My translation of Fr. Lombardi’s note is here.
Below is the official press release from the Dutch bishops, following their meeting earlier today, where they discussed their response to the sexual abuse cases that occurred in the 1950s to 1970s in several Catholic institutions.
The Dutch Bishops’ Conference, in consultation with the Conference of Dutch Religious (KNR), announces the following:
Like the management of the KNR, the bishops are deeply moved by the heartrending stories of sexual abuse which have been revealed these past days. Any form of sexual abuse must be forcefully condemned because it is at odds with the Gospel and the dignity of the human person. It is a painful realisation and a sin to be confessed that proper care for children and young people, especially in the middle of the last century, was lacking in a number of priests and religious. Contacts must obviously be pure, transparent and respectful, especially with the smallest among us (cf. Matt. 18, 1-6). To those who were victim of abuse in Catholic boarding schools, religious and bishops offer their heartfelt sympathies and apologies.
It is clear that there is a great need among the victims to be heard and so recognised. This is the first responsibility of the separate dioceses, orders and congregations. It is desireable that victims are brought in contact with the responsible people of order, congregation or diocese.
The number of reports of abuse in former Catholic formative and educational institutions requires further investigation. The bishops’ conference and the KNR prefer a broad, external and independent investigation. Such a complex investigation must be done carefully. Under the guidance of drs. W. J. Deetman, the required expertise will be collected in the near future, a plan of investigation will be established and a timeline will be laid out.
To assure optimal cooperation with the investigation, the bishop’s conference has Msgr. Dr. G. de Korte, bishop of Groningen-Leeuwarden, to be referent and spokesman. From the KNR, secretary general prof. dr. mr. P. Chatelion Counet will take that role upon himself.
The bishops point out that Hulp & Recht remains the address for all reports. (Postbus 13277, 3507 LG Utrecht, email@example.com). Here a careful investigation of individual reports will take place. For more information on Hulp & Recht, see www.hulpenrecht.nl.
There has been some significant reporting in the media about the abuse cases that have been revealed to have taken place in a boarding school run by the Salesians of Don Bosco in the 1960s and 1970s. I have refrained from reporting on it until now, in part because I’m waiting for the letter that Pope Benedict has written to the faithful of Ireland. It is rumoured that, following the abuse cases in Germany, Switzerland and the Netherlands, that letter will be aimed at faithful everywhere, and not just to those in Ireland. A publication is expected sometime this week.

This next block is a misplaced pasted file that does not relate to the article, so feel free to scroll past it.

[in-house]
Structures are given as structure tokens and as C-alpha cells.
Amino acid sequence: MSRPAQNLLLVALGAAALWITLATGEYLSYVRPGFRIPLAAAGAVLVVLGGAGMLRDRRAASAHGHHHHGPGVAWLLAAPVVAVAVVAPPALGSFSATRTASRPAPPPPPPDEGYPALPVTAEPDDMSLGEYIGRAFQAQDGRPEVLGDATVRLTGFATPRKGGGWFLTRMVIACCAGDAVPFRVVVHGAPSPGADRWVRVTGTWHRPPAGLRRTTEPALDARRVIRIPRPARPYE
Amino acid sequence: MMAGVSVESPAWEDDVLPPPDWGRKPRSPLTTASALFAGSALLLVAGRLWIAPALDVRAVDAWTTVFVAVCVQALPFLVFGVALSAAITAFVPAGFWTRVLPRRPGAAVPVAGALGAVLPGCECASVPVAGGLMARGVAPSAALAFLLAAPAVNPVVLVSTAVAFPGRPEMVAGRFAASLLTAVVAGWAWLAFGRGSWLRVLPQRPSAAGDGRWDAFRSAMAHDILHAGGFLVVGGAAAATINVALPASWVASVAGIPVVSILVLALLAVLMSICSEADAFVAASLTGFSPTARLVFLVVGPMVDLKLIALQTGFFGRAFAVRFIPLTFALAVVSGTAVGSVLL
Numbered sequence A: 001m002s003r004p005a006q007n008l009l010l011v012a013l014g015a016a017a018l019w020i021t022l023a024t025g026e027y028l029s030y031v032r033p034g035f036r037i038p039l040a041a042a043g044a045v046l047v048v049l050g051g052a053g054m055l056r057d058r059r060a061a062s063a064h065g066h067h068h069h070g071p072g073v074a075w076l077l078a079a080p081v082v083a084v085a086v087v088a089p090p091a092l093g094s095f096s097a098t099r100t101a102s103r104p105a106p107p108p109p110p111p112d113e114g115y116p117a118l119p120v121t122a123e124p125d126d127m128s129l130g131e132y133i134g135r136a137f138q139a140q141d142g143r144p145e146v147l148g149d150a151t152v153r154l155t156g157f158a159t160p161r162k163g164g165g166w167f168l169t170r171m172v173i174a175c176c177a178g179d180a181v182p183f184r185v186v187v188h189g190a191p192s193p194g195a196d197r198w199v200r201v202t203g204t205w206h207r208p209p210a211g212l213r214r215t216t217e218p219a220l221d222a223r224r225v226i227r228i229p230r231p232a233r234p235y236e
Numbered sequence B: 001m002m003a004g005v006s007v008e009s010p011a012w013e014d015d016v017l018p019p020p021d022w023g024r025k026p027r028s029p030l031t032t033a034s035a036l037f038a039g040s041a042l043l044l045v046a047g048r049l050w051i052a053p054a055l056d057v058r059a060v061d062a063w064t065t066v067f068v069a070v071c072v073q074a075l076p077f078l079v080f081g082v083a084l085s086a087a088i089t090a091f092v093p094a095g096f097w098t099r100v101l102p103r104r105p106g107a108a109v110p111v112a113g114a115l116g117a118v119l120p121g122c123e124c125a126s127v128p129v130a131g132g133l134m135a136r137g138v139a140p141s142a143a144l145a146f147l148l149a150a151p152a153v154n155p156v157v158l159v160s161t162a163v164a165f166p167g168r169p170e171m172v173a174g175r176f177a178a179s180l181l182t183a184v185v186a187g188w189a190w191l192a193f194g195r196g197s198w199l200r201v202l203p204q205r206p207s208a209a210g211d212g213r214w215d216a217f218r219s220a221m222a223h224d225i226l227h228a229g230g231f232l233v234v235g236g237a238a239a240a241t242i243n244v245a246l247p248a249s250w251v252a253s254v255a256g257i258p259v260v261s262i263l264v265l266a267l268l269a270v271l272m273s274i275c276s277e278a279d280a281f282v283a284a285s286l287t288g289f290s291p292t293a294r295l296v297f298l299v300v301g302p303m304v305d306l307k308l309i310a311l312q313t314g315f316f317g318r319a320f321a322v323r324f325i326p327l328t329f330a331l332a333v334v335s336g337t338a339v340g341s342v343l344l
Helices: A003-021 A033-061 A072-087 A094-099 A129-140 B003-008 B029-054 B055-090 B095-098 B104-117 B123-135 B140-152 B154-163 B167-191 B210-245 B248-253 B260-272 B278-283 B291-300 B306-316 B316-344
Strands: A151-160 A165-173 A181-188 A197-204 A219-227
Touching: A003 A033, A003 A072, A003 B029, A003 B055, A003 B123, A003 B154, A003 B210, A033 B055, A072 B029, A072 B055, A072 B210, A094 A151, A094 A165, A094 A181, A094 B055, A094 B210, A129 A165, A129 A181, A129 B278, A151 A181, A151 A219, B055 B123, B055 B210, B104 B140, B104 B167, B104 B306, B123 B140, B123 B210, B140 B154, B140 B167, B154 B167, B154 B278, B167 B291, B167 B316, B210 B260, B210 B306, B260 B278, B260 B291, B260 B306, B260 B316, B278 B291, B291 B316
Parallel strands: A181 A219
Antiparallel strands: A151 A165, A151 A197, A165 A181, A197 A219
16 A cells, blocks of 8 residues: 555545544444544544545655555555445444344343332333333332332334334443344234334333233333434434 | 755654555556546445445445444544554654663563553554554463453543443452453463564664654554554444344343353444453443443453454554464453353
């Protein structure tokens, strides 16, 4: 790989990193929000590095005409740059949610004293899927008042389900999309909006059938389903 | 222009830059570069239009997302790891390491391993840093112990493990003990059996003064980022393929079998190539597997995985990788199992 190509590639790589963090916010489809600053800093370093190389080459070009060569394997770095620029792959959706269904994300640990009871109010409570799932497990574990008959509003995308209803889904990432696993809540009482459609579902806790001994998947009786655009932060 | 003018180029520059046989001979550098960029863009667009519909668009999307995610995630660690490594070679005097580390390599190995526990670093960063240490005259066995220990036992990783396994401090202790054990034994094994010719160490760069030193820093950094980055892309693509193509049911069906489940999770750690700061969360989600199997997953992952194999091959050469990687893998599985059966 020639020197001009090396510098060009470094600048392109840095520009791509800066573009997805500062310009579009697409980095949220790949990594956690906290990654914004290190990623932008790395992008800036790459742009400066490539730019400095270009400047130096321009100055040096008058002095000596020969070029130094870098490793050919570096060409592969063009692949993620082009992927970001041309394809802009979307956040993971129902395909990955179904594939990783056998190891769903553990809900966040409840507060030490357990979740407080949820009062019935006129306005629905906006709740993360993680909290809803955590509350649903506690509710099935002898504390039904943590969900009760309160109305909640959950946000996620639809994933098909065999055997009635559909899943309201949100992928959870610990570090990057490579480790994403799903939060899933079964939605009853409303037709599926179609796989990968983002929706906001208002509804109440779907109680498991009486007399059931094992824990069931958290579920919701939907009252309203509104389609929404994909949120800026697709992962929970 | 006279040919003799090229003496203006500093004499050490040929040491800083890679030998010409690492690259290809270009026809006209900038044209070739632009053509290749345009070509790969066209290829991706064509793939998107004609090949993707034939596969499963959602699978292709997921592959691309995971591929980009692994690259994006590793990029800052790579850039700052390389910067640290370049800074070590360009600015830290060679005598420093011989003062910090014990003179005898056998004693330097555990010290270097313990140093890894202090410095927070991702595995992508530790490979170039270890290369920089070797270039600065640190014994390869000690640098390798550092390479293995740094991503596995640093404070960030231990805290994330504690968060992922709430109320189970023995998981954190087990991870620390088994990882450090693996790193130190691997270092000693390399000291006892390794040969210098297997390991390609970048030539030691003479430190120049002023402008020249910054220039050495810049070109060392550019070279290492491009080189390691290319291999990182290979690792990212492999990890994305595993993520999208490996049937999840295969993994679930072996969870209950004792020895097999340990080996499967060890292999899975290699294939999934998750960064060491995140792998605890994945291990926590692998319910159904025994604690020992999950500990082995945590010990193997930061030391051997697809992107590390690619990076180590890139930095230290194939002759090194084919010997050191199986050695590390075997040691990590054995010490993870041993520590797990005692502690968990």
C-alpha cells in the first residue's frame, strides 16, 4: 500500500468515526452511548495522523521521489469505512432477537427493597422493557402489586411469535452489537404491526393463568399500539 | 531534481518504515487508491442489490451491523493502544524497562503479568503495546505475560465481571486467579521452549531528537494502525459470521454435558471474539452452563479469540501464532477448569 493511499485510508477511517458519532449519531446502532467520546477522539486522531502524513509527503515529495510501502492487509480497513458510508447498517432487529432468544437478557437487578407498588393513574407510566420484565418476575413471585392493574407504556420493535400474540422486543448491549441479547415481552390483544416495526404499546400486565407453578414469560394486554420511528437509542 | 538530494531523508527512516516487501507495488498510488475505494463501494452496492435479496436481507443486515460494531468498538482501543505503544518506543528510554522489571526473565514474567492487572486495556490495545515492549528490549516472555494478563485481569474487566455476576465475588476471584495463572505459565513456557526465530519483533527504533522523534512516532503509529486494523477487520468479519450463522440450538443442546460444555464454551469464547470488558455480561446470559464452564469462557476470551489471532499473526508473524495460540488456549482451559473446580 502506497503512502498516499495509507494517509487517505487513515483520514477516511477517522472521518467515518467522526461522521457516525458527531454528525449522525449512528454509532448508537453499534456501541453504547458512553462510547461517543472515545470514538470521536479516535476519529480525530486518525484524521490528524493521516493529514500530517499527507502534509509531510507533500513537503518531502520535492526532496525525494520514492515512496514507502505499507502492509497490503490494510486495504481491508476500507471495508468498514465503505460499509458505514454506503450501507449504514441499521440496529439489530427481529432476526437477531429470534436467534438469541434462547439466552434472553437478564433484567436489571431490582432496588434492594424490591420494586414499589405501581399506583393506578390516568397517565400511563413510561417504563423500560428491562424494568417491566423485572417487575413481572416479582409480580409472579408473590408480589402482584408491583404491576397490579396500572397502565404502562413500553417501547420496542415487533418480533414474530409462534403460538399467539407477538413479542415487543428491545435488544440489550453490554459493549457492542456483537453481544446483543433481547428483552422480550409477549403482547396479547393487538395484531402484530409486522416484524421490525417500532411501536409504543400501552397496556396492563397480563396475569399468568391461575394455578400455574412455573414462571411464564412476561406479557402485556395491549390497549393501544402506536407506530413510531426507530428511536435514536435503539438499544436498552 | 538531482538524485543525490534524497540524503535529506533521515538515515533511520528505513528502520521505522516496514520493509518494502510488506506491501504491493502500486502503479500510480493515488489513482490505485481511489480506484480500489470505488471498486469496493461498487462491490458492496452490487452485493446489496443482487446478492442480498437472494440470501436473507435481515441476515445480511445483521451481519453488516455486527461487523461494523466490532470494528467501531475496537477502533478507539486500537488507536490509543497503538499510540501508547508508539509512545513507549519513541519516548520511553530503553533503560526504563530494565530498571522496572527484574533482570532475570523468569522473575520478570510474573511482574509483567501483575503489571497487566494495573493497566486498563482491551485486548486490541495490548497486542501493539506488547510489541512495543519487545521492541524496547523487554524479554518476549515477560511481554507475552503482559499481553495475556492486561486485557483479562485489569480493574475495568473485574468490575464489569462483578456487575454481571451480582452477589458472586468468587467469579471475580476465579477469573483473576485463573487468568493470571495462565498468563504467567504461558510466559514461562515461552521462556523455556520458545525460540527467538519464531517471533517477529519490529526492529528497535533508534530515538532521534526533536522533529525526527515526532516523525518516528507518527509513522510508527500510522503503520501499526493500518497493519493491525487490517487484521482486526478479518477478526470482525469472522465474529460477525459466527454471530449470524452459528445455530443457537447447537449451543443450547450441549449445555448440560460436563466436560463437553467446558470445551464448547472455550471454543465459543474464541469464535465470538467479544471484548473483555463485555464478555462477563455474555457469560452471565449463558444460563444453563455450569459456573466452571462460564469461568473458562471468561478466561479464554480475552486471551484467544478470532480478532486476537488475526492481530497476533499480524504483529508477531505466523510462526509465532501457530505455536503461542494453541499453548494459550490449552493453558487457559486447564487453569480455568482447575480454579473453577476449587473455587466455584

Yesterday, Bishop Ad van Luyn of Rotterdam, chairman of the Dutch bishops’ conference, has spoken about the case on TV. The bishops’ conference is meeting about this topic tomorrow, so the statement from Msgr. van Luyn are nothing more than his own opinion.
He said, among other things: “It is the duty of the Church to condemn this abuse clearly and forever, and also to offer apologies and to take any steps to assure prevention in the future.”
“Personally, I am convinced that an independent investigation would best meet the justified expectations of the victims, society and also the church community.”
To the victims he said: “I think that, in the first place, the victims should meet with those now responsible for those institutions where these things happened. A meeting that is both honest and transparent, that leads to recognition of the facts, that leads to apologies for the suffering afflicted, and that leads to compensation where possible.”
From Rome, Cardinal Kasper has spoken especially forcefully against child abuse by clerics. he called it “criminal, shameful and unacceptable,” and indicated that the pope will be acting decisively, as he did towards the case in Ireland, where several bishops were called to step down because of their silence.